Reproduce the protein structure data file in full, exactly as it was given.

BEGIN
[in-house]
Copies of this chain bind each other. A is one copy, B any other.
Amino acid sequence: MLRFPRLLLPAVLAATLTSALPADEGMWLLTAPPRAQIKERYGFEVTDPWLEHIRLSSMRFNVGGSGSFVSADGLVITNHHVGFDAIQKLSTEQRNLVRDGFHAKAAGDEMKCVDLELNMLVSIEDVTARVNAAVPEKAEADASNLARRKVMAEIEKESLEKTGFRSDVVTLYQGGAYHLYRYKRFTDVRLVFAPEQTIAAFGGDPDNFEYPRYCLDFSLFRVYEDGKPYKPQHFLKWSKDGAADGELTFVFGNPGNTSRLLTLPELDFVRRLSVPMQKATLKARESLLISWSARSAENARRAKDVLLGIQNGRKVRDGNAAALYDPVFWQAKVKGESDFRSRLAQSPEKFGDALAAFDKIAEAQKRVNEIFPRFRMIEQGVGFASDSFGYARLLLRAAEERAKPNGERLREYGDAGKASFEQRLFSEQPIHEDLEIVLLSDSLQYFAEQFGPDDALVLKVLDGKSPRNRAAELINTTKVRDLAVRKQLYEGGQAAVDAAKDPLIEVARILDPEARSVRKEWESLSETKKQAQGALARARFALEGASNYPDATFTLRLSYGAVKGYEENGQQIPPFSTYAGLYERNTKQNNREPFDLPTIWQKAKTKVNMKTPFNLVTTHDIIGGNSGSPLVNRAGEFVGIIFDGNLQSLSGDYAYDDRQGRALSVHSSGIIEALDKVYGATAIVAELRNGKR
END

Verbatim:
[in-house]
Copies of this chain bind each other. A is one copy, B any other.
Amino acid sequence: MLRFPRLLLPAVLAATLTSALPADEGMWLLTAPPRAQIKERYGFEVTDPWLEHIRLSSMRFNVGGSGSFVSADGLVITNHHVGFDAIQKLSTEQRNLVRDGFHAKAAGDEMKCVDLELNMLVSIEDVTARVNAAVPEKAEADASNLARRKVMAEIEKESLEKTGFRSDVVTLYQGGAYHLYRYKRFTDVRLVFAPEQTIAAFGGDPDNFEYPRYCLDFSLFRVYEDGKPYKPQHFLKWSKDGAADGELTFVFGNPGNTSRLLTLPELDFVRRLSVPMQKATLKARESLLISWSARSAENARRAKDVLLGIQNGRKVRDGNAAALYDPVFWQAKVKGESDFRSRLAQSPEKFGDALAAFDKIAEAQKRVNEIFPRFRMIEQGVGFASDSFGYARLLLRAAEERAKPNGERLREYGDAGKASFEQRLFSEQPIHEDLEIVLLSDSLQYFAEQFGPDDALVLKVLDGKSPRNRAAELINTTKVRDLAVRKQLYEGGQAAVDAAKDPLIEVARILDPEARSVRKEWESLSETKKQAQGALARARFALEGASNYPDATFTLRLSYGAVKGYEENGQQIPPFSTYAGLYERNTKQNNREPFDLPTIWQKAKTKVNMKTPFNLVTTHDIIGGNSGSPLVNRAGEFVGIIFDGNLQSLSGDYAYDDRQGRALSVHSSGIIEALDKVYGATAIVAELRNGKR